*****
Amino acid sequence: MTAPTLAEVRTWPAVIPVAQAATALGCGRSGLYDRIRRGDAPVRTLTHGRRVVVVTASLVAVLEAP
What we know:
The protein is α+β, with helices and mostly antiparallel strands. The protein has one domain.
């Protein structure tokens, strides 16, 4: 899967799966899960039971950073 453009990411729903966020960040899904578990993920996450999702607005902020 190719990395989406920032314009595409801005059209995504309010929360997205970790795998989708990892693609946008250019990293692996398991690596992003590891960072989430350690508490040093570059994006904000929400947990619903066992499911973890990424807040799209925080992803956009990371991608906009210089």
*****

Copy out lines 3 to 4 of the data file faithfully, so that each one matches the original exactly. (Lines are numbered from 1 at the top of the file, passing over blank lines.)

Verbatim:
The protein is α+β, with helices and mostly antiparallel strands. The protein has one domain.
């Protein structure tokens, strides 16, 4: 899967799966899960039971950073 453009990411729903966020960040899904578990993920996450999702607005902020 190719990395989406920032314009595409801005059209995504309010929360997205970790795998989708990892693609946008250019990293692996398991690596992003590891960072989430350690508490040093570059994006904000929400947990619903066992499911973890990424807040799209925080992803956009990371991608906009210089």